Selection of Intercurrent medicine : Sulphur 200C, 1M
Basis of prescription : Hot patient, anti-psoric and anti-sycotic drug, medicine for pterygium, inflammation of conjunctiva, redness and dry of eye.
Follow-up and Outcomes
November 25, 2002: There was reduction in intensity of redness after going outside, similarly a reduction in sticky discharge, dryness and foreign body sensation in the eye. On ocular examination, there was a reduction in ocular congestion but no change in size of pterygium. Natrum sulphuricum 30C was continued but in HS dose for next 3 weeks.
February 15, 2003: Patient couldn’t keep follow-up for 1 month but after stopping the medicine all ocular complaints started again. Eye examination showed no change in size of pterygium. Psora being a basic miasm in its background, anti-psoric intercurrent homoeopathic Sulphur 200C was prescribed in a single dose to take in the morning on the next day and after a gap of two weeks Natrum sulphuricum 30C in HS dose was advised for the next 3 weeks.
April 15, 2003: There was a marked reduction in symptoms of redness, dryness, foreign body sensation and sticky discharge. On examination, there was a reduction in the refractive error of right eye to +0.5 diopter cylinder at 180 degrees and left eye became emmetropic. Slit-lamp examination revealed a slight reduction in thickness of pterygium. So Natrum sulphuricum 30C was continued in HS dose for 3 weeks.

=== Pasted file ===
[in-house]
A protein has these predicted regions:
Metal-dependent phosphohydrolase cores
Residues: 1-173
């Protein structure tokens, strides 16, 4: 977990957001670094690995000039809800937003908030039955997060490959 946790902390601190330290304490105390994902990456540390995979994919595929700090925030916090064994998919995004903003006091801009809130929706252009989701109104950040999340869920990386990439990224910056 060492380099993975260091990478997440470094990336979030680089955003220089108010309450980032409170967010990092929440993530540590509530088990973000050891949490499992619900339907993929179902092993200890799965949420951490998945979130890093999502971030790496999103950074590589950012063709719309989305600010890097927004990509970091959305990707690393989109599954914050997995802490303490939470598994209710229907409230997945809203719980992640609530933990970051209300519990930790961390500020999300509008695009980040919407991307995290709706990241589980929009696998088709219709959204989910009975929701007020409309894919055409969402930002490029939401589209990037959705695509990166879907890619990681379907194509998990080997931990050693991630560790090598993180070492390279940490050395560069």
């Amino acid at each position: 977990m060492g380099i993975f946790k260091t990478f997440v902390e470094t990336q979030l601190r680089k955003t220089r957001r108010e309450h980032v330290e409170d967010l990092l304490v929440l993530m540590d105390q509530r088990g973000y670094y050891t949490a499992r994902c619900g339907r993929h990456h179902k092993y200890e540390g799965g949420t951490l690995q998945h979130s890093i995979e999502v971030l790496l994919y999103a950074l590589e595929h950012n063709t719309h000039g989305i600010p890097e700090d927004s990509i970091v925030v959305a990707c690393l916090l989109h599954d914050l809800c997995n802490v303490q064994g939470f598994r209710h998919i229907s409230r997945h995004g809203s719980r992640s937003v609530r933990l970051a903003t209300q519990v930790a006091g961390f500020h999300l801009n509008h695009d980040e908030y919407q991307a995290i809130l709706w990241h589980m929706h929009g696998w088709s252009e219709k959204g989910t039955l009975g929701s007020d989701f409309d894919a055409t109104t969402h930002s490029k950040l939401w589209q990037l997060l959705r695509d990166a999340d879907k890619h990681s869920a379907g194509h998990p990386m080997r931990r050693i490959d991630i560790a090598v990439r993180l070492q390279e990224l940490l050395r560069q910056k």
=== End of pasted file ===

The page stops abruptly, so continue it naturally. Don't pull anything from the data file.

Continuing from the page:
May 28, 2003: Patient had gone on a tour and noticed redness of eye that lasted for 4 days but its intensity was much less as used to occur before starting the treatment. There were no complaints of dryness of eyes, sticky discharge or foreign body sensation. However redness of eye after going outside has not stopped completely, so Sulphur 1M one dose was prescribed on the next day in the morning and it was followed by Placebo for 3 weeks in HS dose.
July 28, 2003: there was no redness of eye after going outside as well as other complaints. On eye examination, pterygium photograph revealed a reduction in its thickness [Figure 3]. Natrum sulphuricum 30C was continued in HS dose for next 3 weeks. She was advised to wear artificial ear rings for few hours a day.